While most green card holders (lawful permanent residents, or "LPRs") are concerned about an involuntary abandonment of their LPR status, it also is possible to surrender LPR status voluntarily. This article will look into why a person might want to do this, and how it’s done.
For most green card holders, the biggest concern is involuntarily abandoning their residence, which can occur after an LPR has been outside the United States for more than a year and no longer has ties here. An immigration officer at the port of entry (airport or land border crossing) is typically the one who determines that the LPR has abandoned U.S. permanent residency. The officer may confiscate the green card and then leave it up to an immigration judge to make a final ruling.
By contrast, voluntary abandonment often arises from tax or travel reasons, and requires affirmative action by the LPR.
The tax reason that some people give up LPR status relates to the obligation to file a U.S. tax return, and in most cases pay taxes, as a U.S. resident. By surrendering the green card, it may be possible to terminate U.S. tax obligations. To be sure that this is a worthwhile strategy, the LPR would be wise to consult a qualified tax adviser, such as a Certified Public Accountant (CPA) or tax attorney.
The most common travel reason to surrender a green card is that the LPR has spent more than a year abroad and has no intention of resuming permanent residency in the United States but would like to visit the U.S. for holiday or business. Some people are confused about the actual meaning and benefit of a green card, and obtain one without realizing its significance, or the obligations that come with it.
A green card is for someone who makes the U.S. his or her permanent home or residence. It's not for someone who simply wants to visit the U.S. once or twice a year and take advantage of the shorter or faster line at the airport for citizens and LPRs. If a person’s primary and permanent residence is abroad, then a visitor visa, not a green card, is the appropriate means by which to enter the United States. After learning this, the person may realize that surrendering the green card makes more sense than trying to convince the U.S. border officers to let him or her in after every long absence.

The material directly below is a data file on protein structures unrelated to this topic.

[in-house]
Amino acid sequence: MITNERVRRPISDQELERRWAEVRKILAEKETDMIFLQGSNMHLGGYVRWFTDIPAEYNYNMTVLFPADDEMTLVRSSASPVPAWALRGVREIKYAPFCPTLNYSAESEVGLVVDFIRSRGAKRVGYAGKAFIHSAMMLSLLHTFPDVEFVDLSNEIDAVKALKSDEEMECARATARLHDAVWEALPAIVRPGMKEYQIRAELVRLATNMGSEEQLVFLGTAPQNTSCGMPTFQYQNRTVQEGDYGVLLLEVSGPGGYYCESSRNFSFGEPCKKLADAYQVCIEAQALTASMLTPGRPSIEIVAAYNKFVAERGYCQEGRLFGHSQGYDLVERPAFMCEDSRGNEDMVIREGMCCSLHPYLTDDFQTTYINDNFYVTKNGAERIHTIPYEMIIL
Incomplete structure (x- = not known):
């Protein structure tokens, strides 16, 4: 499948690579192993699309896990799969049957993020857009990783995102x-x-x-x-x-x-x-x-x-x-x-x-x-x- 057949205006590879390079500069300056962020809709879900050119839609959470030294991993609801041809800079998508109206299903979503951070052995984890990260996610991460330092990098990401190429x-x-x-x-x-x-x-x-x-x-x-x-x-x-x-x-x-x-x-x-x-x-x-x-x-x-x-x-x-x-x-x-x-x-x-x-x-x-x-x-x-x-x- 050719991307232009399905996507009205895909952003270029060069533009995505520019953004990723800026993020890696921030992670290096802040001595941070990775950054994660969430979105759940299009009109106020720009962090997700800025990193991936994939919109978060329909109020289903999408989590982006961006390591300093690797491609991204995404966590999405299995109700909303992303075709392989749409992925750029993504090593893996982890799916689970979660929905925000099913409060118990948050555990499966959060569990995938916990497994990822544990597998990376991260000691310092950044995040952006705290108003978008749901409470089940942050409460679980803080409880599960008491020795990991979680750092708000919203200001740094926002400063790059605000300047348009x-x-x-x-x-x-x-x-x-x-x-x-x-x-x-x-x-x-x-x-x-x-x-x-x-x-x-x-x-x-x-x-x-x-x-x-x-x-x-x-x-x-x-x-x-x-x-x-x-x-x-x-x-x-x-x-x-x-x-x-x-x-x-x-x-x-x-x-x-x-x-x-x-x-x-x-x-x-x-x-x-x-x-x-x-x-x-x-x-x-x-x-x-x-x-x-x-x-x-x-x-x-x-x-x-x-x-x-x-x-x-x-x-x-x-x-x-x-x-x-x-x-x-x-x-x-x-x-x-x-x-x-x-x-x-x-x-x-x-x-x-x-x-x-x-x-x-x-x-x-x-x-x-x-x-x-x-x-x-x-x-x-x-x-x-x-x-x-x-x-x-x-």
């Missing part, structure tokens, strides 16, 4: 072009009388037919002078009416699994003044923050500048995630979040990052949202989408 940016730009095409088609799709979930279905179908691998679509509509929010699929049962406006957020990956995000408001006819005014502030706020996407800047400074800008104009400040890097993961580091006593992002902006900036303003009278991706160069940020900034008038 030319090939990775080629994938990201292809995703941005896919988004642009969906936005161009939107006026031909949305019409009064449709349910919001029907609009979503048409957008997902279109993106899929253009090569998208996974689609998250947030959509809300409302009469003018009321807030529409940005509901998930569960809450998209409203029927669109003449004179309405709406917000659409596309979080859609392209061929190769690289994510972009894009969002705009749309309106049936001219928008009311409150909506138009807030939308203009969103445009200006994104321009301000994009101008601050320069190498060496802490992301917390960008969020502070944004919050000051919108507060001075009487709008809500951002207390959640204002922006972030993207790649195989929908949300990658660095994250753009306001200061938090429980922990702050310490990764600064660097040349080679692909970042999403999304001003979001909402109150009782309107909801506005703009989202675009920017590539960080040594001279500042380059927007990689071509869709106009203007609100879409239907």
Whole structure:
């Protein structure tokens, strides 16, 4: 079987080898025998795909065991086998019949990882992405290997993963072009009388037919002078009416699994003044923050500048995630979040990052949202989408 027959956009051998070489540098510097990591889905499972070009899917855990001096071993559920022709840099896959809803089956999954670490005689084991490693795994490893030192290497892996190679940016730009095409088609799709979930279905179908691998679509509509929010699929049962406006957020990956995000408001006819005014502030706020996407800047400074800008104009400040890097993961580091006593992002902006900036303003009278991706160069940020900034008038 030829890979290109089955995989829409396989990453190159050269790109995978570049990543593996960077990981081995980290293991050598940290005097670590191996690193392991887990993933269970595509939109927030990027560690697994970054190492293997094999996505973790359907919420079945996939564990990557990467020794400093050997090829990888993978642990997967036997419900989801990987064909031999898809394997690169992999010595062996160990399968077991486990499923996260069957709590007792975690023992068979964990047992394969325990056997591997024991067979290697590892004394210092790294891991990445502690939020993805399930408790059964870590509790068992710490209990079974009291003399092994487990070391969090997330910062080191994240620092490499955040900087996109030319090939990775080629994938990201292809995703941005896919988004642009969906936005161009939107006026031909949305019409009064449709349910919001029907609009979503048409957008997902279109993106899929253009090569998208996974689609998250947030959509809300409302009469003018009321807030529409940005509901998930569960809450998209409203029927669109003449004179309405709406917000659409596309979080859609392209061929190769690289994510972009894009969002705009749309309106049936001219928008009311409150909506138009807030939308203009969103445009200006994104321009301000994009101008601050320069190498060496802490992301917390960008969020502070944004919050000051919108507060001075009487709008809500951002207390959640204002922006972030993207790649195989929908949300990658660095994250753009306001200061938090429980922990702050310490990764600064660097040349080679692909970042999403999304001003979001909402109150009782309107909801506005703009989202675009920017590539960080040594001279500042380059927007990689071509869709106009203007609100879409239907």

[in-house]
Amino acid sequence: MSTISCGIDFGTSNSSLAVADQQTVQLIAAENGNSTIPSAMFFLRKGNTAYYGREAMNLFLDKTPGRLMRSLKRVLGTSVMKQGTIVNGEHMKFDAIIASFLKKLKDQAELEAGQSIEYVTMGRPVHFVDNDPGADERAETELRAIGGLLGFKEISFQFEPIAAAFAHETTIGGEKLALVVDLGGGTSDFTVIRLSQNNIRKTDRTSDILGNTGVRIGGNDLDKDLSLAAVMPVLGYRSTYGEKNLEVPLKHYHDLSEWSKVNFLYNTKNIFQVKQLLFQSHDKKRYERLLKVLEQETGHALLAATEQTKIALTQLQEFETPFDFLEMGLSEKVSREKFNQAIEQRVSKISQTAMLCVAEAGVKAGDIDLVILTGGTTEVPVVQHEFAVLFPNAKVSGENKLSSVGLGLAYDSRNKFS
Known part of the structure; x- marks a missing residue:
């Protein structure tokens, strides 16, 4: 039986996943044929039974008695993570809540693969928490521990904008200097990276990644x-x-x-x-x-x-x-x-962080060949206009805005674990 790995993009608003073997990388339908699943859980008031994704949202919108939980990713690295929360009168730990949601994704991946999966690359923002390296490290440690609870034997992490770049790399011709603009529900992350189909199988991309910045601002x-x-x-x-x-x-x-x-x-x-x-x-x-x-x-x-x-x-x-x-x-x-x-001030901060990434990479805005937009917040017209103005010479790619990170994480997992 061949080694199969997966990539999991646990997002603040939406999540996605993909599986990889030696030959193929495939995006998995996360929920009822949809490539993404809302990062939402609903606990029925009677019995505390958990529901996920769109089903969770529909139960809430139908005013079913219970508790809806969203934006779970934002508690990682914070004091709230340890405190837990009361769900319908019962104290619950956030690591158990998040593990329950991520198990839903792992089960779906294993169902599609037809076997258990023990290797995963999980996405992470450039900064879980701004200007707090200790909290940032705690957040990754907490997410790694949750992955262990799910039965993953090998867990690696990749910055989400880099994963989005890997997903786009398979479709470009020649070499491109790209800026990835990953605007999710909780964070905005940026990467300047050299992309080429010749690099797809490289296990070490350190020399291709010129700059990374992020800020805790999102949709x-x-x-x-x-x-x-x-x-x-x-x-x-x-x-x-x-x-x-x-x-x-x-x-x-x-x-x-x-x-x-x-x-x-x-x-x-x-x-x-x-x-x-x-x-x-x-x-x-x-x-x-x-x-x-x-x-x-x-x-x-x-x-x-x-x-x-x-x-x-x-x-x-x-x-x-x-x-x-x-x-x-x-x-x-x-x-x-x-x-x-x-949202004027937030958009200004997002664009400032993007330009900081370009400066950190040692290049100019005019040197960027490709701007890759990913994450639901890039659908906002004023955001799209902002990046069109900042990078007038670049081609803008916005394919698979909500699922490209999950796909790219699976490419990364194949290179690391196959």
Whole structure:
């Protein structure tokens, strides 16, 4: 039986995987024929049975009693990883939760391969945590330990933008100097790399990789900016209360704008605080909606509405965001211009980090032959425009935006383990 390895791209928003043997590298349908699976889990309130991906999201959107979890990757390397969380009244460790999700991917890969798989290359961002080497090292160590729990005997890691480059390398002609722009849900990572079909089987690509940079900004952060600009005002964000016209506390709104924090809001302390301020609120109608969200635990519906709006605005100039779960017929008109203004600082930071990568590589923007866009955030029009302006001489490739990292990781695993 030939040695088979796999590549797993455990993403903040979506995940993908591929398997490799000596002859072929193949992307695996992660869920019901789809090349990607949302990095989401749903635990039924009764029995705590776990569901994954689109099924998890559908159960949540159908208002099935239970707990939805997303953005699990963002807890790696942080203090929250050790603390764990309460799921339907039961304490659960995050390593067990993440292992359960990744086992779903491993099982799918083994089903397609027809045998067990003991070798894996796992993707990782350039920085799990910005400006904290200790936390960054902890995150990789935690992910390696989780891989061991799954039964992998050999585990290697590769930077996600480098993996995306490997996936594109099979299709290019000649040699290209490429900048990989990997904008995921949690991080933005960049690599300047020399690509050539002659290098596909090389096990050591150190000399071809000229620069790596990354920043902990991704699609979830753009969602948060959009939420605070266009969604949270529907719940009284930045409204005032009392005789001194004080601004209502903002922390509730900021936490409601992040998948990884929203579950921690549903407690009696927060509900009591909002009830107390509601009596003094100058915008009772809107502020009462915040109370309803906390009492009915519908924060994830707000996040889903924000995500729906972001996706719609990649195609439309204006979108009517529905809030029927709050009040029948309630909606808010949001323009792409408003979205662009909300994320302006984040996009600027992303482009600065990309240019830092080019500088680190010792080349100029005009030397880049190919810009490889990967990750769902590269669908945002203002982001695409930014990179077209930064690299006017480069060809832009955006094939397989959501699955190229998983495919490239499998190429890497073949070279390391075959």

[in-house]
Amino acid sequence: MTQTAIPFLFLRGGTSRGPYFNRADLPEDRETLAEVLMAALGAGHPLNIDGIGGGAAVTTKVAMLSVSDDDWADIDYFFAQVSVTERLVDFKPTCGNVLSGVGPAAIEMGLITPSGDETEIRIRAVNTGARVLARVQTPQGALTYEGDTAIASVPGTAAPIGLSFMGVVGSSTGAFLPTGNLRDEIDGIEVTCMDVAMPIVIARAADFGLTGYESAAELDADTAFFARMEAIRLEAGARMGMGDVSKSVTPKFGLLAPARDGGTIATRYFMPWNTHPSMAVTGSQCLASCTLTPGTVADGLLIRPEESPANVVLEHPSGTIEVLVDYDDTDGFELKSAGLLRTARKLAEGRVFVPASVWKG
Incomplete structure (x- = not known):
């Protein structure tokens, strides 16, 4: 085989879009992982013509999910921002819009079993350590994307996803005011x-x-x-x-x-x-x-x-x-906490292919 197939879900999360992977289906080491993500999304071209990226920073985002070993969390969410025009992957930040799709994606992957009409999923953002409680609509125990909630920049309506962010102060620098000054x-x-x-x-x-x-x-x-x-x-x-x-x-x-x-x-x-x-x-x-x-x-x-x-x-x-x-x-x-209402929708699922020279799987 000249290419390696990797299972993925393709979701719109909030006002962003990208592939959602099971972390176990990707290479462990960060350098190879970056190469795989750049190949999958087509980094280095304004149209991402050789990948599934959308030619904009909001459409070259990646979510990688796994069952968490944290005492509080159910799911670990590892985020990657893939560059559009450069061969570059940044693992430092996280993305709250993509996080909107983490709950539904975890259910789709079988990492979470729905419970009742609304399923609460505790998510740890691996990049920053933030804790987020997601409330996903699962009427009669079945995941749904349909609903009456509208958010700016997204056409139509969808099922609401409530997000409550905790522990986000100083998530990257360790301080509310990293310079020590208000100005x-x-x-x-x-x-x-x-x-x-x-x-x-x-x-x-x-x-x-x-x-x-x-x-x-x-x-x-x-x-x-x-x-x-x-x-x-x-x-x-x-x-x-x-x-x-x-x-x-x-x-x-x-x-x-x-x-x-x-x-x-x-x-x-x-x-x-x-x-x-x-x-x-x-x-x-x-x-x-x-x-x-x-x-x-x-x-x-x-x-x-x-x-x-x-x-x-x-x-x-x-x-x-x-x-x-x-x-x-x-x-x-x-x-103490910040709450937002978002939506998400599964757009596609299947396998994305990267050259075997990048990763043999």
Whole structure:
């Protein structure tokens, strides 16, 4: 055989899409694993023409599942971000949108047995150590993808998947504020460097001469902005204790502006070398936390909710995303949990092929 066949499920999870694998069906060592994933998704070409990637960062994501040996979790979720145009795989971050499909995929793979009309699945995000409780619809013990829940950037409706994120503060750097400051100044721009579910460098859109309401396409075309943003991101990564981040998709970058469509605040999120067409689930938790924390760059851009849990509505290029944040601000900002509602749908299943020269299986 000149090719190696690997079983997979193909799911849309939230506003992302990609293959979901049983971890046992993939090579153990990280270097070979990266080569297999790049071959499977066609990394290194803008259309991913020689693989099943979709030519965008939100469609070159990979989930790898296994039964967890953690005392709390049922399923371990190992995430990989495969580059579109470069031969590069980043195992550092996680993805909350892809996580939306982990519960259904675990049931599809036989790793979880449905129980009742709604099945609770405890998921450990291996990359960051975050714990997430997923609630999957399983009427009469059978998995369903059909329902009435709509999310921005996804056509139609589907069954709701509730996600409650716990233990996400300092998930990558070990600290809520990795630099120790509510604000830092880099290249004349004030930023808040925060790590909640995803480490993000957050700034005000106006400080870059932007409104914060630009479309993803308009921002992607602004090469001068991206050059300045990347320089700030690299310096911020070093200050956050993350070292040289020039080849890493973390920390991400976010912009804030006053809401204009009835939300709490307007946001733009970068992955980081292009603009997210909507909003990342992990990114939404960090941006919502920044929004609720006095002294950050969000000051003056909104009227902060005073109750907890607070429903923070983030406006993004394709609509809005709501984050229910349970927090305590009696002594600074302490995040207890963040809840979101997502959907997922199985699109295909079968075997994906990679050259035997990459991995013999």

The procedure to surrender a green card/LPR status is fairly straightforward. The LPR simply needs to contact the local U.S. embassy or consulate and make an appointment. The embassy or consular official will provide USCIS Form I-407, Abandonment of Lawful Permanent Resident Status.
The I-407 is a two-page document that requires basic biographical information, date and place of most recent departure from the United States, name of airline, ship, or other mode of transportation for final departure, address abroad, and reason for abandoning LPR status.
At the appointment, the officer will accept the form and the green card and give the LPR a stamped copy of the completed I-407.
If the local embassy or consulate does not offer appointments for surrendering a green card, it's also possible to complete the form and send it to the embassy or consulate with the original green card. In this situation, it's important to keep a copy of the correspondence, including both the completed I-407 and green card, for future reference.
If your purpose is to avoid U.S. taxation, also talk with a U.S. tax adviser about appropriate procedures to show the IRS that you are no longer a permanent resident. You will likely need to include a copy of your I-407 with your next U.S. tax return.
Once the LPR has completed and submitted the I-407 and surrendered the green card, this act is irrevocable – it cannot be undone. The result is that the former LPR now may need a visa to travel to the U.S. or may be able to travel without a visa under the Visa Waiver Program, which applies to citizens of certain countries. You will also, on future trips to the U.S., need to carry your stamped I-407 with you.
Surrendering the green card does not preclude someone from making another application for LPR status in the future. But the person would need to start over from square one. Some LPRs may have originally gone through a decade-long waiting period to get the green card. And their eligibility may have changed in the interim, for example if they obtained status as the unmarried child of a U.S. citizen, but have since grown up and married.
Therefore, completing Form I-407 and surrendering a green card is not something to be done hastily. Consulting with an immigration attorney and a tax adviser, if appropriate, is both a good idea and strongly recommended before making such an important decision with long-lasting consequences.